Letters to the editor, Oct. 6

Cartoon by Jim Meadows

Cartoon by Jim Meadows

Our country’s invisible problem

Three common clichés come to mind in regard to this election season: 1. The emperor has no clothes. 2. The elephant in the room. 3. You can’t see the forest from the trees. Why? Because the number one campaign issue for every presidential and congressional race should be our national debt! It’s somewhat of an invisible problem, so perhaps that’s why it doesn’t get more attention. Or, maybe it doesn’t rate because most politicians incorrectly associate it only with cutting programs and services – which is never popular with their voters.

Let’s consider just some of the ramifications of our 19 trillion dollar national debt:

A. In order to fund the national debt, the U.S. needs to print money or borrow from other countries. If we continue to print money, that devalues our existing dollars, resulting in inflation. If we continue to borrow from other countries such as China and Japan, our credit risk will eventually rise; this will require us to pay even higher interest rates until the inevitable day comes when we can’t.

B. Taxes will have to increase to service the national debt.

C. Government services – such as the maintenance of bridges and roads and other infrastructure – will have to be curtailed or eliminated as the national debt grows and becomes a greater percentage of the overall budget. Worse yet, should we need to defend ourselves against a foreign enemy, or recover from a natural disaster such as a major earthquake, we might not be able to afford to do so.

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Maloney: Economy better under Dem presidents

Council Member Ben Kallos, State Senator Brad Hoylman, Congresswoman Carolyn Maloney and Assembly Member Dan Quart

Council Member Ben Kallos, State Senator Brad Hoylman, Congresswoman Carolyn Maloney and Assembly Member Dan Quart

By Sabina Mollot

On the heels of Republican criticisms of the economy and President Obama’s handling of it, Congresswoman Carolyn Maloney and a few other elected officials responded with a press conference to argue that the economy has actually done better under Democratic presidents since World War II.

Maloney noted that since the Great Recession, unemployment has been halved from its worst point at 10 percent. Gross domestic product has also grown 1.6 times faster under Democrats on average, she said, with more job growth.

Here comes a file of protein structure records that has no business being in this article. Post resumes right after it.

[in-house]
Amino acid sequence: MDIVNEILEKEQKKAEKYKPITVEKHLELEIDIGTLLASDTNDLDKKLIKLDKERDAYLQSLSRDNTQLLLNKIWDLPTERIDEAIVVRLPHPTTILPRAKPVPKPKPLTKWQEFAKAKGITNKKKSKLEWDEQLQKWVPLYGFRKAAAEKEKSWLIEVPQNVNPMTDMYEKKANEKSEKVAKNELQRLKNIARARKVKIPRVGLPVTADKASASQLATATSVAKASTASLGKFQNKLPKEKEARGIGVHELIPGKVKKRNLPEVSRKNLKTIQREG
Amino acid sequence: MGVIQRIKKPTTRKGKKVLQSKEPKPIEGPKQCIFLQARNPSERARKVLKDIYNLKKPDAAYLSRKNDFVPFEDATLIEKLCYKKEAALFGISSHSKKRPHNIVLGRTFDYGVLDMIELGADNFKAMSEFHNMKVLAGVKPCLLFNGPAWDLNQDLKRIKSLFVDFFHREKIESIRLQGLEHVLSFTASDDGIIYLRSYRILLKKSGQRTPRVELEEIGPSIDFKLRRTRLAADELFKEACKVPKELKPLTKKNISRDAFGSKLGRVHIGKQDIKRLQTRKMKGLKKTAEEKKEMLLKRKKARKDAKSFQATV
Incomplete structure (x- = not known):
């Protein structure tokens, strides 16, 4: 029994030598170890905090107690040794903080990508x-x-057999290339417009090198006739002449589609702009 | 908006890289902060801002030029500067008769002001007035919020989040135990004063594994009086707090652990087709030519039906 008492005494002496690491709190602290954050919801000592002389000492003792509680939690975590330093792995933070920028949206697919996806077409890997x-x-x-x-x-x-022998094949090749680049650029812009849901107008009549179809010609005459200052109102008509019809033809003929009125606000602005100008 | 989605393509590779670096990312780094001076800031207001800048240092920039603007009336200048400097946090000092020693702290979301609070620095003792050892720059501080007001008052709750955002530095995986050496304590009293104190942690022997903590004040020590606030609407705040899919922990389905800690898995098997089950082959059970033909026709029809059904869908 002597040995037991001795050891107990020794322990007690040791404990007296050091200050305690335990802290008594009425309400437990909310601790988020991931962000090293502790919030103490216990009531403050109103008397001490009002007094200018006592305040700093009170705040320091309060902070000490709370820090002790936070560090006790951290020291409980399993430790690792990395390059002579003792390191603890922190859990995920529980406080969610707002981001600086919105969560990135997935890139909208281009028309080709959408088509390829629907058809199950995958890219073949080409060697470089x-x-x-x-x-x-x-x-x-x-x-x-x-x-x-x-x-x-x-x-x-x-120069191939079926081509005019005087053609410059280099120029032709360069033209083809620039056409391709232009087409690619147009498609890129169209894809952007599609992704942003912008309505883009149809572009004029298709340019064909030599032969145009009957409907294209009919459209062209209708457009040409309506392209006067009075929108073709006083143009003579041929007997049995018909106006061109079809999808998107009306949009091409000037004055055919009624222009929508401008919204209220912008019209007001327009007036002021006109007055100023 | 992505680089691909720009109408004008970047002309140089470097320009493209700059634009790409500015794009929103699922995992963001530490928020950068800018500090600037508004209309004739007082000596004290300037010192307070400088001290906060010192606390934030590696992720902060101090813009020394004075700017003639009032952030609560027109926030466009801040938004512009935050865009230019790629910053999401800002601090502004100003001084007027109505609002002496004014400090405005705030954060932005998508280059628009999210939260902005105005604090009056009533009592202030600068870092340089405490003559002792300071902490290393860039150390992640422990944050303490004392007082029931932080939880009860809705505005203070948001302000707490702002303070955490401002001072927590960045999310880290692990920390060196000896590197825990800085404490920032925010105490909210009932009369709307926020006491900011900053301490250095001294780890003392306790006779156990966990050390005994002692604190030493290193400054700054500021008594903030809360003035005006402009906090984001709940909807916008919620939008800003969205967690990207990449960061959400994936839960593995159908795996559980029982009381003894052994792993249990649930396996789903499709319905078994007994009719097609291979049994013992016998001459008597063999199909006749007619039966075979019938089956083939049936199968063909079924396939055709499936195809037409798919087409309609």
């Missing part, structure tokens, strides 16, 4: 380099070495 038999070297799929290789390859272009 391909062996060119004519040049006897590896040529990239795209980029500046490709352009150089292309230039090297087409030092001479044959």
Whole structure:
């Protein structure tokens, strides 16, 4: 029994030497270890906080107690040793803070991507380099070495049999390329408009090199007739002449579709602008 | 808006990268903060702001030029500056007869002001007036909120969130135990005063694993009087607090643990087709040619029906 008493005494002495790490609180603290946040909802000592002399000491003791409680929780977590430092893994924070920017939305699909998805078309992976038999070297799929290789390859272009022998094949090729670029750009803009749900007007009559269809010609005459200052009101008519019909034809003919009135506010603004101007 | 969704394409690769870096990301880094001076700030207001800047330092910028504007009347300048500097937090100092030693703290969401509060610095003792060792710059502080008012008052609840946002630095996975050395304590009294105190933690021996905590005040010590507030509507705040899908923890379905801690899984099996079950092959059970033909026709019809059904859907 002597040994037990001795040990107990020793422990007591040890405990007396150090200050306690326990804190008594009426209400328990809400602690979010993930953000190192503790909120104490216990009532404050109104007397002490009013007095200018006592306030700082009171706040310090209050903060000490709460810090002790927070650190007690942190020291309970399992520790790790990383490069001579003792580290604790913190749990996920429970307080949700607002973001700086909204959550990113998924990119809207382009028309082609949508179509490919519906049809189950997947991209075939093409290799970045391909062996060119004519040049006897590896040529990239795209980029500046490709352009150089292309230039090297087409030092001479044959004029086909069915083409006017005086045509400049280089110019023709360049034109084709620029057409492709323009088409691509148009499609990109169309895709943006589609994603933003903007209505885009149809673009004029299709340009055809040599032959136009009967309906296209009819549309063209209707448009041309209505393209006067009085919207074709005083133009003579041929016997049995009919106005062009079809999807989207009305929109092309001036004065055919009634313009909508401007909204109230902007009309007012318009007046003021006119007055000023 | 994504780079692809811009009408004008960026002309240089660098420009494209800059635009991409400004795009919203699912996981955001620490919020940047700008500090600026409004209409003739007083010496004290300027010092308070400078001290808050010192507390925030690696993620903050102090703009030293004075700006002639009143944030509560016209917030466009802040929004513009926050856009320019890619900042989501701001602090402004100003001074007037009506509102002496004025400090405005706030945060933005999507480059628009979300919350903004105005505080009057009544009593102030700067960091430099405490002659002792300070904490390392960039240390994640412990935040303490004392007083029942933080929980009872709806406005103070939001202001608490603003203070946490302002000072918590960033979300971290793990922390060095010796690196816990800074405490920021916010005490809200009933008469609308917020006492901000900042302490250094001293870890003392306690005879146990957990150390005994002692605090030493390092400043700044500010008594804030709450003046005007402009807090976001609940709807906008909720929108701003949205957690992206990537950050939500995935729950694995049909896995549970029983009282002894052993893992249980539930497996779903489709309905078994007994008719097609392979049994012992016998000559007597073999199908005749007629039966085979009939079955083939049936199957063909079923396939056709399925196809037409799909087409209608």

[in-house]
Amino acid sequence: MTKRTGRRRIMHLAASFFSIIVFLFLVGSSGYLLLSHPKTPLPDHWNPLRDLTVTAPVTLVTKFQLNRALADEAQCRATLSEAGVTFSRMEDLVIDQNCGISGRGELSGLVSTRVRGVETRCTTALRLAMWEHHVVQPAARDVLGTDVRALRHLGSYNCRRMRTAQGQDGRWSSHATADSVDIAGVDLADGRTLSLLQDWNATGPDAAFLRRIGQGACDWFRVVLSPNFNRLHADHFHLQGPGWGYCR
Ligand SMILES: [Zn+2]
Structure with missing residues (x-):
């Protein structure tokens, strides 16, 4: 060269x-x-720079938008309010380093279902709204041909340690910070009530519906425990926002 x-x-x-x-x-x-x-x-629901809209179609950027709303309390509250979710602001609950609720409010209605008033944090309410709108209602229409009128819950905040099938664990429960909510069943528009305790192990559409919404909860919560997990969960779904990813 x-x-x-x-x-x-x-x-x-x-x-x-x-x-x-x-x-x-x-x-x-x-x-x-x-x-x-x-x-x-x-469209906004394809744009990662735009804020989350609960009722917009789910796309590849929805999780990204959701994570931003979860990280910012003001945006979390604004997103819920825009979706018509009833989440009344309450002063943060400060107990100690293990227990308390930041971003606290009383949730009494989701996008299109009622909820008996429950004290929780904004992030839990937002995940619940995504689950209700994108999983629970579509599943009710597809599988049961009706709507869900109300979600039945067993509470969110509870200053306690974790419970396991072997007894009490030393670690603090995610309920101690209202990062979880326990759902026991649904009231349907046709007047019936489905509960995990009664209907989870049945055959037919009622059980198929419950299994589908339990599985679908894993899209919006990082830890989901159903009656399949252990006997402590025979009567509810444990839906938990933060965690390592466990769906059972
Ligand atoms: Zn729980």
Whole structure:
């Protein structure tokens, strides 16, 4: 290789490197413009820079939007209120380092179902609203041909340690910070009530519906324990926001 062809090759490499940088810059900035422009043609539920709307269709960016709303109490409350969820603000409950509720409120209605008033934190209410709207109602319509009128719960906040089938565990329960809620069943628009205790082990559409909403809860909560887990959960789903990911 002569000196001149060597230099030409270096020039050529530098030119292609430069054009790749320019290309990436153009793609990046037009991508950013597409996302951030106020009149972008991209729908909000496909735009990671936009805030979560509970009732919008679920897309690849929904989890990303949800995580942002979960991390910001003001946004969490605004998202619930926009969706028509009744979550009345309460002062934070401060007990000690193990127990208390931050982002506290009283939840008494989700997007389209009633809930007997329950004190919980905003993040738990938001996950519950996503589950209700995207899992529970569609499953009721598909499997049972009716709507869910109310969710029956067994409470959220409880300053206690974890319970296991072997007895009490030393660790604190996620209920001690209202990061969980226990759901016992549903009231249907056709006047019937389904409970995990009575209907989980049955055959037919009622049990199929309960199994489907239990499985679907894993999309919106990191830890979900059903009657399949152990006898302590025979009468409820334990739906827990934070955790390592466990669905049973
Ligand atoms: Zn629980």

Maloney is a staunch supporter of Hillary Clinton and has served as a campaign trail surrogate.

However, she insisted the announcement, made at Columbus Circle on July 22 wasn’t in response to anything that was said by Donald Trump, who’d just told America during the Republican National Convention that he was the country’s voice.

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Letters to the Editor, Nov. 15

Clarification, please, on stock market stats

Re: Letter, “The undecided voter,” T&V, Nov. 1

I read Mr. Cappelletti’s letter and would ask him to clarify one of his 15 points.

Number seven reads “Comparing the stats of the stock market four years ago to the stats today, would you say the economy has improved?”

(Hint: ask those who invest in, or have their pensions invested in, the stock market.)

So I looked at the three New York City stocks that I own or have owned during that period:

Verizon is up 42.0 percent (today, November 8, 2012) since President Obama’s election on November 4, 2008.

Bristol Myers is up 57.3 percent and Con Ed is up 34.8 percent.

More important, at the time of President Obama’s election, the dividend yield was greater than 5 percent for each of them.

So if all of us had reinvested all of our investment monies and reinvested the dividends in these NYC juggernauts four years ago, we’d all be way ahead of the game.

Accordingly, can Mr. Cappelletti please be more specific about the stock market statistics he’s referring to because companies located in New Jersey and Connecticut made money for their stockholders during President Obama’s first term, too.

Billy Sternberg, ST

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